Frankly, I interpret this essay as an admission that the way the Julie Powell character was portrayed in the movie was emotionally true, with the quibble that Julie Powell thinks she had a better sense of humor than the Julie character in the movie has.

                                                    And, ultimately, the point of memoir is emotional truth. So, if Ephron managed to accurately convey the emotional truth of Powell's memoir, then she's actually done a pretty good job.


                                                    1. re: The Dairy Queen
                                                      DGresh Aug 26, 2009 12:39 PM

                                                      I saw the movie but hadn't read the book or the blog previously. I didn't find Julie particularly annoying in the movie, but I only just read the first 10 pages or so of the book and have no desire to read any more. I personally think the movie did her a kindness.

                                                      1. re: DGresh
                                                        queencru Aug 26, 2009 03:14 PM

                                                        I agree that she's more likeable in the movie. I liked the book, but in some parts I really did get frustrated with her whining about turning 30 like it's the new 80. I think if they had included that in the movie, it really would have turned off the vast majority of the audience much more than it already did for a lot of people.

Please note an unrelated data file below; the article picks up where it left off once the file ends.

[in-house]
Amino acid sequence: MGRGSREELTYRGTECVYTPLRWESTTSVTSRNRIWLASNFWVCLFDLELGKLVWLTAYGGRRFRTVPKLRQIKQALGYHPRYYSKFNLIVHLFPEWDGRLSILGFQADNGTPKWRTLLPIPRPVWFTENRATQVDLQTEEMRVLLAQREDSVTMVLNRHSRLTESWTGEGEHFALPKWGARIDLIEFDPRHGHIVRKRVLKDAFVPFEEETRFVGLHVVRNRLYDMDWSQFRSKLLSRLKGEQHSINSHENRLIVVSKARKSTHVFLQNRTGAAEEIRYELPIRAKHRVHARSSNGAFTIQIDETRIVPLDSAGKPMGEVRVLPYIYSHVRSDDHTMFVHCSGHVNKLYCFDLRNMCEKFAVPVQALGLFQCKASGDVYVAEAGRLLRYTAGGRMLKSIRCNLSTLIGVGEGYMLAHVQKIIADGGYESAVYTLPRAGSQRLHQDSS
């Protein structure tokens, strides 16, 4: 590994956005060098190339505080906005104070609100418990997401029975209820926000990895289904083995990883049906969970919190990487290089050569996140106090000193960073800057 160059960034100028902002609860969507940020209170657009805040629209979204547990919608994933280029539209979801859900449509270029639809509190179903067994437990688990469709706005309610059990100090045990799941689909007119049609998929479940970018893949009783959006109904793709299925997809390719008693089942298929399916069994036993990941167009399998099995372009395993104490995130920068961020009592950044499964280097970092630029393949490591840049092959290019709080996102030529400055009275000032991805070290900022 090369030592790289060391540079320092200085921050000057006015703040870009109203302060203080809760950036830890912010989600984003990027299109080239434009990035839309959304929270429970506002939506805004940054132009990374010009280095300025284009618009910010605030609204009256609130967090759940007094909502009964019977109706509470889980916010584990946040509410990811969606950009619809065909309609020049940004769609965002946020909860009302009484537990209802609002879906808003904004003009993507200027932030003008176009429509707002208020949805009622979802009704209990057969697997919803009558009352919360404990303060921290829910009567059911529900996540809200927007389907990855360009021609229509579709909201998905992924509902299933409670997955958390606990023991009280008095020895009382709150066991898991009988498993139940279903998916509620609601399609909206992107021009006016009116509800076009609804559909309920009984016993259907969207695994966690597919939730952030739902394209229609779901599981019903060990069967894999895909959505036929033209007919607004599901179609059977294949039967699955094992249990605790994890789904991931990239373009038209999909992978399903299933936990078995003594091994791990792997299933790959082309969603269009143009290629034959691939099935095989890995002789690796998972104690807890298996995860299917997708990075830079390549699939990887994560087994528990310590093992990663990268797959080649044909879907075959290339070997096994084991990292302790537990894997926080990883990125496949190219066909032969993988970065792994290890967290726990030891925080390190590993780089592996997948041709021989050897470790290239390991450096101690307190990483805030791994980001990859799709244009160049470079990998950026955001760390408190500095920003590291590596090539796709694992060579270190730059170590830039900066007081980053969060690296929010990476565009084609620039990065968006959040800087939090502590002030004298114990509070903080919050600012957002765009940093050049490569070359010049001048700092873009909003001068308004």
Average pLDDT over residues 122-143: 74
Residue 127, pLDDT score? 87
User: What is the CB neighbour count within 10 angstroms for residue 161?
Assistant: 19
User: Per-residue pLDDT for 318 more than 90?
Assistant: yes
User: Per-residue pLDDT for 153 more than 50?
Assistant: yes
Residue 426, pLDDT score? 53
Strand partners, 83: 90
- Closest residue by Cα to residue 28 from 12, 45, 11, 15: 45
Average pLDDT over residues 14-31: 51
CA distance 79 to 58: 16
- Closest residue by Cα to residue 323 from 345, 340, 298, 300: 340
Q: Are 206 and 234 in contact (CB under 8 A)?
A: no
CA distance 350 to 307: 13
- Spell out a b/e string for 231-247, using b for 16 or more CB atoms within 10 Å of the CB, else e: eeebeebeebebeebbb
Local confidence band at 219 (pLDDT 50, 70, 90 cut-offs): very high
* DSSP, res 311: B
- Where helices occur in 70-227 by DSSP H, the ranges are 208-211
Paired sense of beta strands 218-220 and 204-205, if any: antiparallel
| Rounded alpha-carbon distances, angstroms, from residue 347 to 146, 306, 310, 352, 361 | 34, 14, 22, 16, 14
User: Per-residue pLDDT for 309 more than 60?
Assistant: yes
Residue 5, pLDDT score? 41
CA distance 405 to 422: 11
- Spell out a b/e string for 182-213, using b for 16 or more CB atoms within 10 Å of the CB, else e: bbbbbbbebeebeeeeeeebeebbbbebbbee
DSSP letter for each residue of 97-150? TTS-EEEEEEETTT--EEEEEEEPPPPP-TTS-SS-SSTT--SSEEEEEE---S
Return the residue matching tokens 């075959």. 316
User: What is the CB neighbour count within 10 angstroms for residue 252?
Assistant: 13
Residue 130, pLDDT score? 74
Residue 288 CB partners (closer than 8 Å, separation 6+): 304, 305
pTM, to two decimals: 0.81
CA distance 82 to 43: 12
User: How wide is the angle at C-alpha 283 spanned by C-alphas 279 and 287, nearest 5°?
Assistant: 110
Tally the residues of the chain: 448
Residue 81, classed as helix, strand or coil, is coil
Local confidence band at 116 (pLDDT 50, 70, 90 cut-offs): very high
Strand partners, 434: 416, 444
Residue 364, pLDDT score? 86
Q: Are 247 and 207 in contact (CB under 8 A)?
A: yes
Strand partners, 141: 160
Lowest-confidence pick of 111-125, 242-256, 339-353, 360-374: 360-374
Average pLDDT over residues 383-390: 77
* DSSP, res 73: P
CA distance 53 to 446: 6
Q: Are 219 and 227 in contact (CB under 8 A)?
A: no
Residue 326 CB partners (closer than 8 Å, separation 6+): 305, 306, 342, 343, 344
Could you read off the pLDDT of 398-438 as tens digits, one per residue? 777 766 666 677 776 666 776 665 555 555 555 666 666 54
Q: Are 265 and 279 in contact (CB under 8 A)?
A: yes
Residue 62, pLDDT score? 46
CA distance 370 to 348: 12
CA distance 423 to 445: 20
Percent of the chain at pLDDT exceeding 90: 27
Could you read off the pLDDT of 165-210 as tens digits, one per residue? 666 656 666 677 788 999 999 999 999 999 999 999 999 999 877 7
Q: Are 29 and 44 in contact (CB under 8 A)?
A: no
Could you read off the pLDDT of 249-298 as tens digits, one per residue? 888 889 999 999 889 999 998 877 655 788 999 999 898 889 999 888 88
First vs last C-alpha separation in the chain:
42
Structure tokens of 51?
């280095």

1. re: queencru
                                                          DishDelish Aug 26, 2009 04:06 PM

                                                          I didn't read the book, but I know what you mean about that fear of aging. It always annoys me too when people think 30 is old, as I have always thought it is very young. I have some friends who are this way though and I have just learned not to talk about it with them, and usually they are eldest children, or like I said I have a family member who has PCOS who is also an eldest and she hates getting older (more than anyone else I know). I wonder if it is also because of the fact that they are getting closer to 35 when the child-bearing years are nearing an end for the average woman, just making it even less likely for a woman with PCOS to conceive.

                                                          1. re: DishDelish
                                                            queencru Aug 26, 2009 04:45 PM